Why do the arts and culture matter to our society? This is the question that was discussed by a panel at an event hosted by the Exeter University on Monday, March 29. Chaired by the broadcaster Jonathan Dimbleby, the evening explored the issue of whether the arts outside London are seen as the poor relation and how universities such as Exeter can support the arts and culture in their region.
Speakers from the arts, education and museums highlighted that arts and culture is for everyone, but that class barriers still affected access, which is an area for concern.
It was universally agreed that it is desirable to support the arts as a means of promoting and enabling everyone to live in a good and civilised society. Within this, research-intensive universities have had a role contributing to culture and society within their region.
Research projects in which academics work closely with organisations to share their research knowledge and learn from the organisations they collaborate with were discussed. The panel agreed that academic research can be of vital importance to organisations of all kinds, as well as the community as a whole.
Exeter University academics are currently working on cultural projects with organisations such as Alton Towers, British Library, BT, Network Rail, HM Prison Service and Porthcurno Telegraph Museum in Cornwall.
Professor Helen Taylor, university arts and culture development fellow, explained that Exeter university demonstrates its collaborative relationships with arts and culture organisations and individuals across the South West: “This is a creative campus in a richly creative region. As part of our international as well as local ambitions, we cherish and wish to develop further our research, teaching and outreach relationships with regional theatres, museums, councils and groups.”
The ‘any questions’ about the arts event also launched the Arts and Culture Strategy, which aims to promote the university’s outstanding contributions to arts and culture in Devon and Cornwall and enhance the cultural life of the region. It promotes international cultural relationships through highly ranked arts research and teaching practice and performance.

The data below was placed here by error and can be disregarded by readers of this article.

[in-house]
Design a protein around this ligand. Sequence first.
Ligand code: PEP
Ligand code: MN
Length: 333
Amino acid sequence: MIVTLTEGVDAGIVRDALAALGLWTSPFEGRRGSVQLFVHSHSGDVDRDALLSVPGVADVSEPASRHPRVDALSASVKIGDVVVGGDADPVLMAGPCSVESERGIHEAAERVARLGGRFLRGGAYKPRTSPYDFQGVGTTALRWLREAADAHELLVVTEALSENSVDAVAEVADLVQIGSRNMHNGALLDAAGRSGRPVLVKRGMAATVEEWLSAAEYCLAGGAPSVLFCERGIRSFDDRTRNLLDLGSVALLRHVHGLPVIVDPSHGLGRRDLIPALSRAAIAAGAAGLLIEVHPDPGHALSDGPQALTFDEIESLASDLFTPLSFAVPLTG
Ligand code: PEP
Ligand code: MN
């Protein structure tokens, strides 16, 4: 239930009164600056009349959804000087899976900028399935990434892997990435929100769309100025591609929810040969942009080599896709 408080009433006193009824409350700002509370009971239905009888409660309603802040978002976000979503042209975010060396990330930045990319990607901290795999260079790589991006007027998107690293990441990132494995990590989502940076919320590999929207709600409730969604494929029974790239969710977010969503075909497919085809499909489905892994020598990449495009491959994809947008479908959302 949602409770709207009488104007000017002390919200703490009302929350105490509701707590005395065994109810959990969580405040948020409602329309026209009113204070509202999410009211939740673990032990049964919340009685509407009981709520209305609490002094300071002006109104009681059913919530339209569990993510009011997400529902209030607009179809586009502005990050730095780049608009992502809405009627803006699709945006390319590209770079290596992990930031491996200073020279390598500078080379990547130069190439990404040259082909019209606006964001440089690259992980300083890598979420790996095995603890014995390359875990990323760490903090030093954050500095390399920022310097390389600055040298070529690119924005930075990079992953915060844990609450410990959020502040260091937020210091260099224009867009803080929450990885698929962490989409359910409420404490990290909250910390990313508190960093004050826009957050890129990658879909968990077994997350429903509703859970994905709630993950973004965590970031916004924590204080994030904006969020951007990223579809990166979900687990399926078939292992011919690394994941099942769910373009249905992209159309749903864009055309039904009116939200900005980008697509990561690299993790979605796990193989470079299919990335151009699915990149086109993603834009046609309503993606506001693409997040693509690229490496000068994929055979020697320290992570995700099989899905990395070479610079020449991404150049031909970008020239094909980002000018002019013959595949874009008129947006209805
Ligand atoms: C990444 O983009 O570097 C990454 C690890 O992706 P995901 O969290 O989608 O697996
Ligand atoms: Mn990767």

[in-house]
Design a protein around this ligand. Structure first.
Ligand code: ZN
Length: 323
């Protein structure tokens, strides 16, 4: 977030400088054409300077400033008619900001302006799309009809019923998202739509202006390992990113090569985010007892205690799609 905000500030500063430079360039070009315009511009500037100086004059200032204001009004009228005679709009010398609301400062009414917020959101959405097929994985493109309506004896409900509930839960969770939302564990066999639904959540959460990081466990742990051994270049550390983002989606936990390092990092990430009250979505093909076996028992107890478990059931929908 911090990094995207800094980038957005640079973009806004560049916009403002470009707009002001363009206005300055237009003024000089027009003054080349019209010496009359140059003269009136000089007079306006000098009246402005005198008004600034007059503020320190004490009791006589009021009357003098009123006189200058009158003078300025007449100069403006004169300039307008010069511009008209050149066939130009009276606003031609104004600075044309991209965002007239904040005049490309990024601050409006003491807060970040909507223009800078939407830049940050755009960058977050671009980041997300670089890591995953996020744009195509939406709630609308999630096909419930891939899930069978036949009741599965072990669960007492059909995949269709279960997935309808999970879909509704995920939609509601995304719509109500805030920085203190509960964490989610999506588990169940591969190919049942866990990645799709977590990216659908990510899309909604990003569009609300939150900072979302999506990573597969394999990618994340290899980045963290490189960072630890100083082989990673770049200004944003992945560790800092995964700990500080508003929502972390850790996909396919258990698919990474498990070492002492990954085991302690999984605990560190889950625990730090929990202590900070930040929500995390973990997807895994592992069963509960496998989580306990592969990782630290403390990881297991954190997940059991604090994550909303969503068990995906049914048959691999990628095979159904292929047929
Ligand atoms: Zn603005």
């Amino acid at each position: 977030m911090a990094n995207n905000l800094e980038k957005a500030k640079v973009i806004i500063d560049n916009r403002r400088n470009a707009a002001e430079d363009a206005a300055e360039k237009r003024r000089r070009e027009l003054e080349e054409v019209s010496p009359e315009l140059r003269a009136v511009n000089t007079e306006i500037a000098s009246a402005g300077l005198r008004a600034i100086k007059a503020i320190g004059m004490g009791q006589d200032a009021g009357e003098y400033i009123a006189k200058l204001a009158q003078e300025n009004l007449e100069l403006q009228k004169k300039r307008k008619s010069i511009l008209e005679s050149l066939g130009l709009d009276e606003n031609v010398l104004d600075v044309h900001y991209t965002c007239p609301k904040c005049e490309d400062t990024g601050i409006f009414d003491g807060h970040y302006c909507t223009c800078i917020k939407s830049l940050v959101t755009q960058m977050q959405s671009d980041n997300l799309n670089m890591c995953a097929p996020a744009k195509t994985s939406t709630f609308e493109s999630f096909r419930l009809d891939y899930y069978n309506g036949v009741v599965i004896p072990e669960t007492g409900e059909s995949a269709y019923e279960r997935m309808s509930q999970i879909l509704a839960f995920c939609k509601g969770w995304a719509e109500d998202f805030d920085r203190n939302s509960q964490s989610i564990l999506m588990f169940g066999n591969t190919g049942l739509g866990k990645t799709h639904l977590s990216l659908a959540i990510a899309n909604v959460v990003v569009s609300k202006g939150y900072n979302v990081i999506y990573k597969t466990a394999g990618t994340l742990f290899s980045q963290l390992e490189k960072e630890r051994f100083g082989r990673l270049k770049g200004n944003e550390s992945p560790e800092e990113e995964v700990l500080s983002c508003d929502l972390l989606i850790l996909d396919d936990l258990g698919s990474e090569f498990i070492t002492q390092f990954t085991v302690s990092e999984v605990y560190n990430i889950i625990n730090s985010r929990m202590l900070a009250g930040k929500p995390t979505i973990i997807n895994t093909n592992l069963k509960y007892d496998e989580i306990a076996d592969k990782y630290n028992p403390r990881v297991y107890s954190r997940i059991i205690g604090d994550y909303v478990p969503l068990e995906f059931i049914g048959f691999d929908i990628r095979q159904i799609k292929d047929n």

The university’s staff and students create partnerships and engage with the arts community through galleries, museums, theatres and literature festivals. With its arts and humanities research, and venues such as the Great Hall, Exeter Northcott, Institute of Arab and Islamic Studies, Bill Douglas Centre Museum, Kay House for music, Sculpture Trail, the forthcoming Forum and proposed Environment and Sustainability Institute in Cornwall, the campuses are vibrant centres for art and culture.
Professor Taylor said: “Our art installations, such as the recently commissioned work by architectural glass artist Alexander Beleschenko, are of regional, national and international significance.
“The November 2010 Exeter Children’s Literature Festival which is the opening event for the 2012 Cultural Olympiad ‘WordQuest Devon’ will feature Michael Morpurgo, Michael Rosen and Floella Benjamin. These cultural and artistic programmes contribute to the university’s aim of consolidating its position as a Top 10 UK university and a major world player.”
The panel, chaired by Jonathan Dimbleby, consisted of Professor Geoffrey Crossick (warden of Goldsmith’s, and vice-chancellor designate, University of London), Professor Raj Isar (American University of Paris), Alan Rivett (director, Warwick Arts Centre), Professor Nick Kaye (head of the School of Arts, Languages and Literatures, University of Exeter) and Camilla Hampshire (museums manager, Royal Albert Memorial Museum, Exeter).
(from a press release)
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